Who's That Girl

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WHO'S THAT GIRL: A higher education obsessed foodie who is documenting her life in the kitchen. I love to cook delicious, gourmet-style foods for those I love and always welcome a challenge in the kitchen. With that challenge comes an impromptu nature. I tend to avoid following recipes to the exact, so you are not likely to find very many posted here. Being that I am a Libra and am learning to be free in the kitchen, the story always goes, "A pinch of this and a smattering of that!" Thank you for visiting -- and happy reading!

Thursday, August 19, 2010


I struggled with this week's challenge. That's good -- I needed a mental exercise. Right before the start of the new academic year. Need to get the brain cells hyped up for next week and the next few months of their lives. It's going to be an extra busy term. I can already tell.

So, as you may know, I tend to use tomatoes in my dishes quite often but, really, it tends to always be in the form of salads or, on the rare occasion, when I actually prepare a red sauce.

But what about something wildly different?

I still haven't had a chance to address my sushi obsession, so lox sounded attractive. It's been going strong for about a good six weeks or so now. Poor Nancy. That's about all I can think about most of these days: fresh, succulent fish! Unfortunately, we live in the desert, so decent fish is hard to come by. *sigh*

But, yes, the food challenge was heavy on my mind this week. I played with the idea of a new type of sauce. And ice cream. And other desserts with tomatoes.

But, alas, I change my mind often. Eventually, I though: Why not tomatoes and an assortment of other fillings inside a smoked salmon wrapping?

I set out to roast the tomatoes with crushed garlic, a pinch of lemongrass, basil, salt and pepper drizzled with olive oil. I put this in the oven at about 400 degrees for about 40 minutes.

That was perfect timing About half the tomatoes shriveled and slightly popped while the other half were prepped to burst. A few minutes before removing them from the oven, I topped the plum tomatoes with mozzarella or a mozzarella and prosciutto combo.

Then I prepared the shrimp. Nothing fancy -- just Old Bay seasoning and onion salt with a slight drizzle of olive oil before going into the oven for a few minutes.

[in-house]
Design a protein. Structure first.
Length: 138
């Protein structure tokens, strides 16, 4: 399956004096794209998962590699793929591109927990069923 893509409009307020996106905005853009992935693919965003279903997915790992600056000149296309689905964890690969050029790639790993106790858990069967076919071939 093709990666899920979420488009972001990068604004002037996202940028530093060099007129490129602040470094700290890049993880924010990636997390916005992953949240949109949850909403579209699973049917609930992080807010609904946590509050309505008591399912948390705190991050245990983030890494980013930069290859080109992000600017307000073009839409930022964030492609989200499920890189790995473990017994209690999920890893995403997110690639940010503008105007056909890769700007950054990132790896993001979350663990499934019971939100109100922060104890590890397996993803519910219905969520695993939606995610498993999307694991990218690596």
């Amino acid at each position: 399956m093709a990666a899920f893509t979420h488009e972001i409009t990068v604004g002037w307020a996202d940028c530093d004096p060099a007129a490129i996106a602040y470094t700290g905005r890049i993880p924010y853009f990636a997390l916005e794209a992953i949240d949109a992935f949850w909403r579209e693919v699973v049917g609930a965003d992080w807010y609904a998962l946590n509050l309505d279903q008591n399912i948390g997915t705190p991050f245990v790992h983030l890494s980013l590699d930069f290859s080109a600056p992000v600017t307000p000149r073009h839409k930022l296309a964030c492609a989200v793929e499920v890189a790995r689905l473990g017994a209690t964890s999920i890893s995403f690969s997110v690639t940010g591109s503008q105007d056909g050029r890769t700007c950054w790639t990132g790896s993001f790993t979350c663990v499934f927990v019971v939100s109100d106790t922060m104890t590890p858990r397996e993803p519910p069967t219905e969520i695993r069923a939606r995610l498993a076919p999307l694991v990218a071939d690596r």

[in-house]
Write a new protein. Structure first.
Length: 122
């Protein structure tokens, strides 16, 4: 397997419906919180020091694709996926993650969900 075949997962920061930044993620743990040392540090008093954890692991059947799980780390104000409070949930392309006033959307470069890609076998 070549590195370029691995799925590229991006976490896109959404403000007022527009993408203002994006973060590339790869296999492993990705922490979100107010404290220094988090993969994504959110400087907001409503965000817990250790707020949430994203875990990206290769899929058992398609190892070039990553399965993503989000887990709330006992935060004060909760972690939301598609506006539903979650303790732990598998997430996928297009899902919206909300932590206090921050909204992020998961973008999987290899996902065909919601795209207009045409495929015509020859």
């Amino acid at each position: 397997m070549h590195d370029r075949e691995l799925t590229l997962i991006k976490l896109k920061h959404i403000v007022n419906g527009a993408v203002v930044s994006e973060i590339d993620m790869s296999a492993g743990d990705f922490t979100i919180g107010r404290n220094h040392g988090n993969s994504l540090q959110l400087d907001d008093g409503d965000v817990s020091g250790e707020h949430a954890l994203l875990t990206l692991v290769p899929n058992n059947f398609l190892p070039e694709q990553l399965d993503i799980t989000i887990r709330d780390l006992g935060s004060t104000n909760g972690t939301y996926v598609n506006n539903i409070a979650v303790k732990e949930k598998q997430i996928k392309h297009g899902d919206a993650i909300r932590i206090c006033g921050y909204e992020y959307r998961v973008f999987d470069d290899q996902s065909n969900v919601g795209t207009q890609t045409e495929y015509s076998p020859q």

I happened to have some coconut milk rice from the other night, so I warmed that gently in the microwave.

Next, I sauteed some portobello mushrooms and chives in a little bit of butter, adding some oil at the finish. This turned out to be an amazing addition. In the future -- if ever I make this dish again -- I am pretty sure I would skip the tomatoes and double the mushrooms. They added a much needed texture to this meal. And it helped to add a tad bit of truffle oil to the mushrooms before adding them to the mix.
Then came the assembly, which was quite easy.

I lined ramekins with the smoked salmon then added all of the filings. I then chopped up some fresh basil and sprinkled it atop the "cups."

Next, I adorned each plate with some tomatoes and a few shrimps each.

And there you have it -- this strange-looking meal that turned out to be quite different with nearly every single bite.

I think, also, keeping with the sticky rice was a good choice. I don't think standard white rice would have done this dish any good. Having that slighty sweet flavor helped to pull out the flavors of other dishes. In the end, though, I think I would have let the mushrooms and the tomatoes cool a bit longer before serving so as not to disrupt the tender coolness of the salmon.


  1. If you can get your hands on some frozen salmon at the market it will make very fine gravlax. It's not exactly like "lox" but special and inexpensive and easy to make. If interested, check out my homemade gravlax on my blog. I just love the stuff. What you've done today (yesterday?) looks special too.

  2. Thanks for checking out some of my postings. Re: pierogis - if you can find an Eastern European market you might find them. Re: fried chicken - if the oil is plenty hot the chicken will absorb very little of it. I've made this recipe twice and there is no sense of oilyness or greasyness to it. It's so good it's worth the indulgence!


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